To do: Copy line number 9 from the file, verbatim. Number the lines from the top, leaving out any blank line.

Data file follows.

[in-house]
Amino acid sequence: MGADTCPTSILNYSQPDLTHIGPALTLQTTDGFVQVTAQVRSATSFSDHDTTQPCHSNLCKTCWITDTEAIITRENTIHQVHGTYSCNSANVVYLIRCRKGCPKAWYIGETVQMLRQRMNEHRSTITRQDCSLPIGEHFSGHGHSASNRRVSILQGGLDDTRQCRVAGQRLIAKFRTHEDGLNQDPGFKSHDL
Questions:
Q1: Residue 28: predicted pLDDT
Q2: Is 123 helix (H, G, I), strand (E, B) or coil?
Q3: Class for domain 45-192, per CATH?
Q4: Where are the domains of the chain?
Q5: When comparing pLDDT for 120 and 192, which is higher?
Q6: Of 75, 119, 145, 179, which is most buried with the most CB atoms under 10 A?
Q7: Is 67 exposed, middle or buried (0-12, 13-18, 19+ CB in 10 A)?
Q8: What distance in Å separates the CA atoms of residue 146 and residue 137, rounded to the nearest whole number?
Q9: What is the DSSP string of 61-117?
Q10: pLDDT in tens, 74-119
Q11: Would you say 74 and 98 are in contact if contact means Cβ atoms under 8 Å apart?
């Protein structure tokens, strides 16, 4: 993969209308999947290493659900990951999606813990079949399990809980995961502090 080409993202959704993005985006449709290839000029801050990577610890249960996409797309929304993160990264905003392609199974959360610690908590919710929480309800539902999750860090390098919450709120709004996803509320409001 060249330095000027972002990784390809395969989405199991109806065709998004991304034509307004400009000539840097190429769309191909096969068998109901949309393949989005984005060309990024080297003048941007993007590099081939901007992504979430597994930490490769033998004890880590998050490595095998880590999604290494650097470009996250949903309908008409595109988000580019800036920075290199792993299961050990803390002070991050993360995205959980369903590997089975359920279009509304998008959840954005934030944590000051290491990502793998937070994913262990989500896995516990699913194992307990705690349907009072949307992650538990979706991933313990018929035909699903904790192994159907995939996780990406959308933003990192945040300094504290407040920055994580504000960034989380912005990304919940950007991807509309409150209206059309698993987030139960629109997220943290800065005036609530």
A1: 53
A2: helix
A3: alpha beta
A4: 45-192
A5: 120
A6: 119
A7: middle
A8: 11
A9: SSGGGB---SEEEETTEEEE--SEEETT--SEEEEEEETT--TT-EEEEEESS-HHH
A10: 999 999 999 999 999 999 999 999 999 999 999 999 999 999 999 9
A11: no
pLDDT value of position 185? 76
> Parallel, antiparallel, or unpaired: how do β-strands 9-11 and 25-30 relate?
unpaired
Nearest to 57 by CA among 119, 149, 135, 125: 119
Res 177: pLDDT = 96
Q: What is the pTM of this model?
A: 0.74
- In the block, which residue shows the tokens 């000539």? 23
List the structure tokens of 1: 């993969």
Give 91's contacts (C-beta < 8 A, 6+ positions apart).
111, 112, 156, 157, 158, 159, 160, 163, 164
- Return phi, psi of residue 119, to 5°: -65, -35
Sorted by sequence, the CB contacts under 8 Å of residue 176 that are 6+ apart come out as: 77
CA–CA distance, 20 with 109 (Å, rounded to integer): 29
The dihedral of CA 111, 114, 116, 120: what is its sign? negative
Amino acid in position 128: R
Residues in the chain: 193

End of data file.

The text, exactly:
Q6: Of 75, 119, 145, 179, which is most buried with the most CB atoms under 10 A?